I just saw Hush, Hush, Sweet Charlotte again. I was struck at the similarities between the film’s story and the Lizzie Borden case.
1. The wealthy family.
2. The dominance of the patriarchal father.
3. The manner of killing.
4. General belief that the suspected was guilty (Charlotte is never charged).
5. Continuing mystery because of the lack of legal termination.
6. Headless corpses (the Bordens decapitated by coroner; the victim in
Charlotte decapitated by killer).
7. Hatchet never found (B); head and hand never found (C).
8. Handleless hatchet (B); handless corpse (C).
9. Children’s macabre rhyme. In Charlotte, it goes something like this:
” Chop, chop sweet Charlotte/Chop up your married man/Chop off his head and hand.”
10. In Charlotte small children test each other’s courage by seeing if a kid is brave enough to sneak into the home of the notorious, elderly woman; in Frank Spiering’s Lizzie, Russell Lake recalls that he was “one of the privileged children who could run through her yard” while many youngsters were frightened of the notorious, elderly Lizbeth Borden. The book also says that Borden sometimes invited children into her home and that some kids were too scared to enter but the “brave” received hot chocolate.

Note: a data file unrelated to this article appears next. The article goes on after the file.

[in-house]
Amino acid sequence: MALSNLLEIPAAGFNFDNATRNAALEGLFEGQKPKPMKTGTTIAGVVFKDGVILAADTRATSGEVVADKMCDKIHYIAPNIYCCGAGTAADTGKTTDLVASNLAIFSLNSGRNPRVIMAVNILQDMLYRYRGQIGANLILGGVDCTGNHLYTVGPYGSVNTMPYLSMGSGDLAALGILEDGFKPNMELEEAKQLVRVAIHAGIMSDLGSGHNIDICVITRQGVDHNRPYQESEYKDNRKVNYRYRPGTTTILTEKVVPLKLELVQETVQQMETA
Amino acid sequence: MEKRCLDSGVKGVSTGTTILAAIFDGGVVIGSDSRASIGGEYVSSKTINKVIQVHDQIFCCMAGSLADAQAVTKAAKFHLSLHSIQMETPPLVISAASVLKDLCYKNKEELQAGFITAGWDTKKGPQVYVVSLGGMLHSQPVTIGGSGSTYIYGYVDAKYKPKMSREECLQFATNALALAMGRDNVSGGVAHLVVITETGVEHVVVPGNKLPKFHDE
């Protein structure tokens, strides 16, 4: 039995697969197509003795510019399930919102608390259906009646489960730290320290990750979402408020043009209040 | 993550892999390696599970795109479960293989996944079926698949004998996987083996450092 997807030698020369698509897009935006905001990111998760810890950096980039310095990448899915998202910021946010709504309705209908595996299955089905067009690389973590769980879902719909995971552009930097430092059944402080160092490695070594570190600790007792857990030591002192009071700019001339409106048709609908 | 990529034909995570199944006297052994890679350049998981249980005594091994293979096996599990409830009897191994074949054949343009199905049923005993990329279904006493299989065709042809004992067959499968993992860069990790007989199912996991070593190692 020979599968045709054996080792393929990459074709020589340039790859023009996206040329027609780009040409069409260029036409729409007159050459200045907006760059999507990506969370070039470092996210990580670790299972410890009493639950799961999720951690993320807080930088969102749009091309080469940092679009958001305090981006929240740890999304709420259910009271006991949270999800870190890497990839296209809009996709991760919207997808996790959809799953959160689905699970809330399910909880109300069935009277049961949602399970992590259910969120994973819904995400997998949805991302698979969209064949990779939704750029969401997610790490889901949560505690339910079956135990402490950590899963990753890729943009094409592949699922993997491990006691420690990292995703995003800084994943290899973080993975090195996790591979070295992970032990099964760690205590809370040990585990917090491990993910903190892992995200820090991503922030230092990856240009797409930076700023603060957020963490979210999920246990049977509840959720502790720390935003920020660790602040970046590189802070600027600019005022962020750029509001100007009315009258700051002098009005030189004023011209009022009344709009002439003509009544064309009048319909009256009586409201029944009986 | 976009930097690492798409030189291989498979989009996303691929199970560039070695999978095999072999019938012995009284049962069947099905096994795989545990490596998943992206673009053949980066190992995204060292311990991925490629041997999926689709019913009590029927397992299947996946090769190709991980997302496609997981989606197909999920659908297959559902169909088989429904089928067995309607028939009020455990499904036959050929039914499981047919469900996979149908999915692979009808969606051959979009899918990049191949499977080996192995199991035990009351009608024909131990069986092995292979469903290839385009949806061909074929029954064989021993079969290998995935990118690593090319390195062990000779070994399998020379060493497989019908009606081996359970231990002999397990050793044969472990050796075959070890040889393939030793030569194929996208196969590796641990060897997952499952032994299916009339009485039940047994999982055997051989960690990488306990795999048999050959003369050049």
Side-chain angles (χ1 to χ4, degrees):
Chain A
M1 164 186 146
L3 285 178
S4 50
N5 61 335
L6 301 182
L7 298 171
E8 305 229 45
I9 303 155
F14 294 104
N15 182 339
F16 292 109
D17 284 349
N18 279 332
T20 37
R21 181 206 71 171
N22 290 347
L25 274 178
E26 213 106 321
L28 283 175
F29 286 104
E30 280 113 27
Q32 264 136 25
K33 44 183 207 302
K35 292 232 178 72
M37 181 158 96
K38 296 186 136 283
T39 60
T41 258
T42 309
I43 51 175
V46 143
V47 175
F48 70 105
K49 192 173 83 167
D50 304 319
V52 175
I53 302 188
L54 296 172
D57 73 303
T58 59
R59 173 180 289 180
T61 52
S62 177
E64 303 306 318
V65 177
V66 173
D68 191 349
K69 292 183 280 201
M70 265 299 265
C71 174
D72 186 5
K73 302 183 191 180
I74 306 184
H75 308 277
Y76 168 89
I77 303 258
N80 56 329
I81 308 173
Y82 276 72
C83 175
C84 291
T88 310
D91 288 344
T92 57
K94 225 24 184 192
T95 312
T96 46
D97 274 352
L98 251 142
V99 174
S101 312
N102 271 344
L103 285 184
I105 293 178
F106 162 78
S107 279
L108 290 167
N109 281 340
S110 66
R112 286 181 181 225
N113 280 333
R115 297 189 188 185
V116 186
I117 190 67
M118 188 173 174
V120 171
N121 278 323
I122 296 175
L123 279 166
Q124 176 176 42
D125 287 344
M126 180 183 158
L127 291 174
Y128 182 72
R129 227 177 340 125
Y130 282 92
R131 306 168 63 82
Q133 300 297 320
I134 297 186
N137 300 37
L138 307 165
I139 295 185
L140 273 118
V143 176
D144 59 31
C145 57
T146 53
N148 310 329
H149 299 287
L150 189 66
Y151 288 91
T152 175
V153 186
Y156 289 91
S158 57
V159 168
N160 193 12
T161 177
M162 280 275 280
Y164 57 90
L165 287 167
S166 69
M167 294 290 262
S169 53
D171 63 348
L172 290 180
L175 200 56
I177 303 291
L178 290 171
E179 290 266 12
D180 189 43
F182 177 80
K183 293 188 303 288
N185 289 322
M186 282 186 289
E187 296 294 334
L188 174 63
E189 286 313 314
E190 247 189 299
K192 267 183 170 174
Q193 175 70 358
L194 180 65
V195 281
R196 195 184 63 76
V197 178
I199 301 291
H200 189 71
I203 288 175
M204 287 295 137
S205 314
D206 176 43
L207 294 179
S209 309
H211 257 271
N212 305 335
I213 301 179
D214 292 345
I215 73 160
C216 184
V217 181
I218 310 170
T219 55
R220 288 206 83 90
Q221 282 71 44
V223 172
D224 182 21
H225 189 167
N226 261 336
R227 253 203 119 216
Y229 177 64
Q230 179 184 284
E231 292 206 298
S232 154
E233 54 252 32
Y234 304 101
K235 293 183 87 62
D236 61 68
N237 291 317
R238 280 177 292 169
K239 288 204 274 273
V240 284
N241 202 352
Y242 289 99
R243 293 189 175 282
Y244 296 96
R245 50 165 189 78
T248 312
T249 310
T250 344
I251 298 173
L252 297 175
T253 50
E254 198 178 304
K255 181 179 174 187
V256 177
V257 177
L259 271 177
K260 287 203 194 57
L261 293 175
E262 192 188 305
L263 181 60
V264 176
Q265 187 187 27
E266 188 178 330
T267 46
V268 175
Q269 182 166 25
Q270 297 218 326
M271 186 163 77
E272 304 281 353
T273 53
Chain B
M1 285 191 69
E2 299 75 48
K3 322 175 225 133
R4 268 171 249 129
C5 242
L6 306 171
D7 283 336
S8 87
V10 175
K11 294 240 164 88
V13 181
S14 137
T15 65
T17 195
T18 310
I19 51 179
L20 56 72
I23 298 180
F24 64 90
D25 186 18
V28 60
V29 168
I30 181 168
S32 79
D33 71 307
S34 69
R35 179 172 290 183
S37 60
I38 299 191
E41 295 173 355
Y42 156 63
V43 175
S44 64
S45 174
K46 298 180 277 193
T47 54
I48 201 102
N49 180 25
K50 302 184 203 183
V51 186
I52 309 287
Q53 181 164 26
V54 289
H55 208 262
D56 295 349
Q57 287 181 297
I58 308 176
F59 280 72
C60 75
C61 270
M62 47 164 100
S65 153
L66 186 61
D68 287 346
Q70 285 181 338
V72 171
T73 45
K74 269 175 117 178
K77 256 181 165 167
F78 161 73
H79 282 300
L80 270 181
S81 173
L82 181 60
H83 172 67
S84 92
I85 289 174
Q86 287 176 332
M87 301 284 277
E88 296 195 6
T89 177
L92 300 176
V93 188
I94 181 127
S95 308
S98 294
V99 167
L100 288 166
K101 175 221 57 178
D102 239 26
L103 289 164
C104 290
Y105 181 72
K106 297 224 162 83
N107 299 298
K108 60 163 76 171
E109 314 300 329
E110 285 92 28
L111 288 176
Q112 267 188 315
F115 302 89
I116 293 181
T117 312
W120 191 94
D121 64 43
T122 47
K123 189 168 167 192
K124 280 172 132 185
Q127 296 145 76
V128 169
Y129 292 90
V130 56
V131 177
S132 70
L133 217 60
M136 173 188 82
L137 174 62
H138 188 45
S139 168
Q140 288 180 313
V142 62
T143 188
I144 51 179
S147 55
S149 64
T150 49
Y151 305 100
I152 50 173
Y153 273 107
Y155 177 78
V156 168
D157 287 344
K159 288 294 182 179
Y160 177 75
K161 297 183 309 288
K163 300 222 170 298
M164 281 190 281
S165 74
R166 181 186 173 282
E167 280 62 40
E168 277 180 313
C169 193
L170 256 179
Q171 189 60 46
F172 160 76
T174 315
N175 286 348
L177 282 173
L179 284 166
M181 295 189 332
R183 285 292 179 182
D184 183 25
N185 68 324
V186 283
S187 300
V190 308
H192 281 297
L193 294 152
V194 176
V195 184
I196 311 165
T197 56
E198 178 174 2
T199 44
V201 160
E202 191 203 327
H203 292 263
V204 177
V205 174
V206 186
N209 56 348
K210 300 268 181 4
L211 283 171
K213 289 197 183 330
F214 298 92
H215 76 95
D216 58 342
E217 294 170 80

I don’t know whether these parallels were coincidence or consciously
intended by Charlotte’s makers.
“Echoes of Lizzie in Hush, Hush, Sweet Charlotte” was originally published on page 18 of the October, 1996 issue of The Lizzie Borden Quarterly, © 1996. Article reproduced courtesy of the “Lizzie Borden Quarterly,” Maynard F. Bertolet, editor.